Shaking Things Up: How Smart Companies Overcome Industry Stagnation through M&A

Every industry goes through a similar life cycle, from emerging to evolving, then reaching maturity and finally, decline. Early on, new players enter the market, taking advantage of the broad opportunities that exist during the emerging and evolving phases and often driving stellar growth in the process.

On the road to maturity, consolidation inevitably shifts the balance of market share into the hands of a few key players, just as we’ve seen over the last few decades in the chemicals industry and more recently in consumer products, such as the U.S. toothpastes market, in which three companies control about 80% of the market share. This consolidation typically occurs through M&A, which can breathe new life into stalled portfolios and re-ignite revenue growth. But how do you know when it’s time to pursue this strategy? And what kind of specific challenges can M&A help solve?

When to Make a Move?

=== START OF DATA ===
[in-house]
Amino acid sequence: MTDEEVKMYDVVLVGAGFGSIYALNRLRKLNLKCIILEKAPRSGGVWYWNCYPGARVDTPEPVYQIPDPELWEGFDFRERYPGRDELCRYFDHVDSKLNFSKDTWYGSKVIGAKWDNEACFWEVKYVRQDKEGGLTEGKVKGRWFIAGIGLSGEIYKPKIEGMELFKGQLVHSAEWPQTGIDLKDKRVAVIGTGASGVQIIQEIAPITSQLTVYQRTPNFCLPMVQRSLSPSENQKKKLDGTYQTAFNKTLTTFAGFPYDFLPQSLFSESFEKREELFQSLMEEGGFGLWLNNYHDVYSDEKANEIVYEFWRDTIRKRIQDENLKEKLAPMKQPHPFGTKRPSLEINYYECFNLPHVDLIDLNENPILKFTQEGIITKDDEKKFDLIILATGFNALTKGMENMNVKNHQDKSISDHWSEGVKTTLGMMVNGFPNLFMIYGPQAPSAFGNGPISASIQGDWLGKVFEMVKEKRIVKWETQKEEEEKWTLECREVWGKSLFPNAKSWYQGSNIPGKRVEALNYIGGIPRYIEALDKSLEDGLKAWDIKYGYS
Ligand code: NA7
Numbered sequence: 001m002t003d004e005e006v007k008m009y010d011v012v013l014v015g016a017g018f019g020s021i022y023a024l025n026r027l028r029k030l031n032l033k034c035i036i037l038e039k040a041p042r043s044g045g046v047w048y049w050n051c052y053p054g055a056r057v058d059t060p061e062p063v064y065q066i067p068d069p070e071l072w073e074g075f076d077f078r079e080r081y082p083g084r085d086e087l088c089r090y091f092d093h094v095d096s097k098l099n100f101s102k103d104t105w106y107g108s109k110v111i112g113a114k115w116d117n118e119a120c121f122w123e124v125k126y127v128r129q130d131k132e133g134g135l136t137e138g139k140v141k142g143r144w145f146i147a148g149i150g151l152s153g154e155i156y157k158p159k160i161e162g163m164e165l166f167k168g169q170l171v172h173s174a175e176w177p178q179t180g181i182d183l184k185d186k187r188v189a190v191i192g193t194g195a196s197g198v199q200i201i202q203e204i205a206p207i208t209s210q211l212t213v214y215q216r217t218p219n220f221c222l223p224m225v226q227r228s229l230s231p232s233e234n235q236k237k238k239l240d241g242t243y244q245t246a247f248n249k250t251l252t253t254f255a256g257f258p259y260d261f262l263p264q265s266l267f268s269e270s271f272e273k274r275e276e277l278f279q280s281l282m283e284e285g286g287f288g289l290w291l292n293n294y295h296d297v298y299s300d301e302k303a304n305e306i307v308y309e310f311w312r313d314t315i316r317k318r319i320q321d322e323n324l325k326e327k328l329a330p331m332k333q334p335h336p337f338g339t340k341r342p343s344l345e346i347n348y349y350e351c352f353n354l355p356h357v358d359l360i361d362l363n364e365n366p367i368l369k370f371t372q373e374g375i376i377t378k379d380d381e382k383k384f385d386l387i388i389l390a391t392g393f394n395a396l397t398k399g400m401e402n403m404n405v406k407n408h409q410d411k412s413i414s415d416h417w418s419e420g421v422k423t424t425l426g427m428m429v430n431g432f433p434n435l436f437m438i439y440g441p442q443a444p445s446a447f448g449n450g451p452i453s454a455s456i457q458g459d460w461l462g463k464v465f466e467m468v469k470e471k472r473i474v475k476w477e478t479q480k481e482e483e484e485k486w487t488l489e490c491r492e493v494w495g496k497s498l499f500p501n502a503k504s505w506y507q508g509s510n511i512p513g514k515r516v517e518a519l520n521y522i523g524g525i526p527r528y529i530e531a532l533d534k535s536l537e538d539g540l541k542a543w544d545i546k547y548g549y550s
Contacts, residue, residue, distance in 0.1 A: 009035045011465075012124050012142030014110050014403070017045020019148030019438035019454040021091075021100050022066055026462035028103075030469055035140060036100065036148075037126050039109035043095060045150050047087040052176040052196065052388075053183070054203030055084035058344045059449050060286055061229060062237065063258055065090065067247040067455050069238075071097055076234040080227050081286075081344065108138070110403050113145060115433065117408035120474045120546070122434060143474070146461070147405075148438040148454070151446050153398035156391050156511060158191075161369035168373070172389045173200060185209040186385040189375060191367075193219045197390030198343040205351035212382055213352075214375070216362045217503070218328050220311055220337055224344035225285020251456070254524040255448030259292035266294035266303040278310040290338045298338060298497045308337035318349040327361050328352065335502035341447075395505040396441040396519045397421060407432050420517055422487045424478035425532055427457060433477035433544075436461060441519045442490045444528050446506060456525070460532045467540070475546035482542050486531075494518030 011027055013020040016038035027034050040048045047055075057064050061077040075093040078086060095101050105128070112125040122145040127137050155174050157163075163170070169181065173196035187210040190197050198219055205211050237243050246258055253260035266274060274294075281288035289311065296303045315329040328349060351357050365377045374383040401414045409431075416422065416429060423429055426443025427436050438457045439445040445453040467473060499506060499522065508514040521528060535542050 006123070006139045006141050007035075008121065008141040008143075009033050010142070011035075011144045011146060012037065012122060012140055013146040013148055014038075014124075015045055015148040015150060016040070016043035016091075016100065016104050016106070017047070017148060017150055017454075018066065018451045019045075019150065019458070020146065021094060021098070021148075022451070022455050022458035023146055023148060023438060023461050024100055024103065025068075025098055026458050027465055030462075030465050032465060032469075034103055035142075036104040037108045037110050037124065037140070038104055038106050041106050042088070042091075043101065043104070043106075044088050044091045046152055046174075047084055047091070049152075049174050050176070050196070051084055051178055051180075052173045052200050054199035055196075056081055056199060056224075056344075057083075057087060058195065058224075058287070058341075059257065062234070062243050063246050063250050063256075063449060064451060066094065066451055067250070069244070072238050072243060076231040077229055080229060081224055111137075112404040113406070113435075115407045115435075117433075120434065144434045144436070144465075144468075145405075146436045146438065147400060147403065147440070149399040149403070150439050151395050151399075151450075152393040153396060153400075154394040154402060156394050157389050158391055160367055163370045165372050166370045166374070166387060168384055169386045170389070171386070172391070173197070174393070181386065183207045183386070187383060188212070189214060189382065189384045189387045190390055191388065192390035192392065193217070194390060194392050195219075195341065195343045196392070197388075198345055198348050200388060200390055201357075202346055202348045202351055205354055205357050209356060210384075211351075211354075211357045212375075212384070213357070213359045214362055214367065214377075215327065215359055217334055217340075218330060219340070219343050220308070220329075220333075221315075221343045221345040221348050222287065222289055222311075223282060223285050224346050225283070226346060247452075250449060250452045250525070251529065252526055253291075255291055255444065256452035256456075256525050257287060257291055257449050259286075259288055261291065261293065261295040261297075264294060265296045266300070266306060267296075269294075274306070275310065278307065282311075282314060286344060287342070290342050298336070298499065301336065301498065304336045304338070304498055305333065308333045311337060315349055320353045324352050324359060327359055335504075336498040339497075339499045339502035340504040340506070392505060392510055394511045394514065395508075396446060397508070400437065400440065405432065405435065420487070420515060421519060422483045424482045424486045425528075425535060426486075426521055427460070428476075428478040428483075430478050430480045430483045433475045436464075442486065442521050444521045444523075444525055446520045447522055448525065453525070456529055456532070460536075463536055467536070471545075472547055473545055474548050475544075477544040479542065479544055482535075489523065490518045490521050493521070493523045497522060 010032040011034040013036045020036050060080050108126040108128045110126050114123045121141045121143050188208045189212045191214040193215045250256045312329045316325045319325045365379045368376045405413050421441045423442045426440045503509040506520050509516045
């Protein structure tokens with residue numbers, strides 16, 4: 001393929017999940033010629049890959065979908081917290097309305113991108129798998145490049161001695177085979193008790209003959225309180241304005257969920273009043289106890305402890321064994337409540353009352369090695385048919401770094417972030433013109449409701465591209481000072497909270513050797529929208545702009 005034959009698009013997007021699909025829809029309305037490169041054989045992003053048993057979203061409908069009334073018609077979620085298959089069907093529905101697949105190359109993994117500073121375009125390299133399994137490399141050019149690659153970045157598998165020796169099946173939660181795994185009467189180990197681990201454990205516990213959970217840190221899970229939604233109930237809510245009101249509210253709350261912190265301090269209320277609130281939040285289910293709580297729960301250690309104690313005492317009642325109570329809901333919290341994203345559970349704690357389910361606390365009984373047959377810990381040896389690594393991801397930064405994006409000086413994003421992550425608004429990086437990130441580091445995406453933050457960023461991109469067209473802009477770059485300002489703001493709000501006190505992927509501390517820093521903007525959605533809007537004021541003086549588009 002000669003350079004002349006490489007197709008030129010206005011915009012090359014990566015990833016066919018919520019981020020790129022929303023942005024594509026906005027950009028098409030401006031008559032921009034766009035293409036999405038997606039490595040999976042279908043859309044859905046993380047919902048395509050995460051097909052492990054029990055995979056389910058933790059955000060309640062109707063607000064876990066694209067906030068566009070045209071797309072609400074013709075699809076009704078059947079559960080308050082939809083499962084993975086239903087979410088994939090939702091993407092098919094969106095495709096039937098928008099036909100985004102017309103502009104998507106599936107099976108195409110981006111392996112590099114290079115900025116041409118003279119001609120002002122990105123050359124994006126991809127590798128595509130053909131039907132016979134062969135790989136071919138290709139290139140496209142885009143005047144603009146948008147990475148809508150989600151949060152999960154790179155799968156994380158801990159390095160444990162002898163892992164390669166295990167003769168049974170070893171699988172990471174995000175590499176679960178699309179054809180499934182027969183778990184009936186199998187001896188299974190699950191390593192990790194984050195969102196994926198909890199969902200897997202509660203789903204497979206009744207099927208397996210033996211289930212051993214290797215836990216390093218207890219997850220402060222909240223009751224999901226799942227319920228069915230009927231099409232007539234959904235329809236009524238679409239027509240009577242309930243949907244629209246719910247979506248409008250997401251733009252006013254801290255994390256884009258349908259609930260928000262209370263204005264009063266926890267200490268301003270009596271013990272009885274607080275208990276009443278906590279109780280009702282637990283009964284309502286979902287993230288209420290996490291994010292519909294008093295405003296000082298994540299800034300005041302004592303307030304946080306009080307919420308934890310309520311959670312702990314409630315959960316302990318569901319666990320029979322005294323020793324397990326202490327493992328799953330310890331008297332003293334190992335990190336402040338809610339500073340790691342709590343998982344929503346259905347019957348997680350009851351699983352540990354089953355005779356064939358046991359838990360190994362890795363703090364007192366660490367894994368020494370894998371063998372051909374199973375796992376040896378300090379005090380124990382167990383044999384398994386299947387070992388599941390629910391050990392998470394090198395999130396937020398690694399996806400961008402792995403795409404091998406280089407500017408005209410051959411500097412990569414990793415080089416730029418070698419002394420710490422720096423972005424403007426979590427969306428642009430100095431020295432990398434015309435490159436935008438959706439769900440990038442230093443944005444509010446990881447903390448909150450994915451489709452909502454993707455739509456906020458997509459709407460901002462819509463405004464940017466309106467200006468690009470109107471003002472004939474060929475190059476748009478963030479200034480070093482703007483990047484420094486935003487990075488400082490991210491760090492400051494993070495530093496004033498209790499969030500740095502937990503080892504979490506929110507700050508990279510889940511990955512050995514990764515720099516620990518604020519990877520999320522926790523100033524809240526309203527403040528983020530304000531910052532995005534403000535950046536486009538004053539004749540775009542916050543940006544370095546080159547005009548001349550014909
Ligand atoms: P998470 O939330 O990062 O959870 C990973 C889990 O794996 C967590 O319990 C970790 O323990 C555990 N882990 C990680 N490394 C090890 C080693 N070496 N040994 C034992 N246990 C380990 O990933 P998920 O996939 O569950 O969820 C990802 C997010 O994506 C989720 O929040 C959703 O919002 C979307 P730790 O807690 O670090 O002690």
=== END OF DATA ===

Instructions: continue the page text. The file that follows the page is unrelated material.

M&A might be a viable strategy to recharge growth when one (or more) of four primary conditions exist:

  • The company has encountered stagnation in organic growth, either because of competition driving down market share or a stall in consumer consumption of certain products.
  • The company’s intellectual property or technology road map is flattening out or facing a challenge.
  • The entire industry is facing a threat, forcing key players to come together in order to overcome the challenge and achieve mutual success.
  • In a more proactive move, other companies may want to pursue M&A to diversify the business portfolio, expand geographic reach, refocus the company or mitigate risk to stay ahead of industry shifts.

What’s to Gain?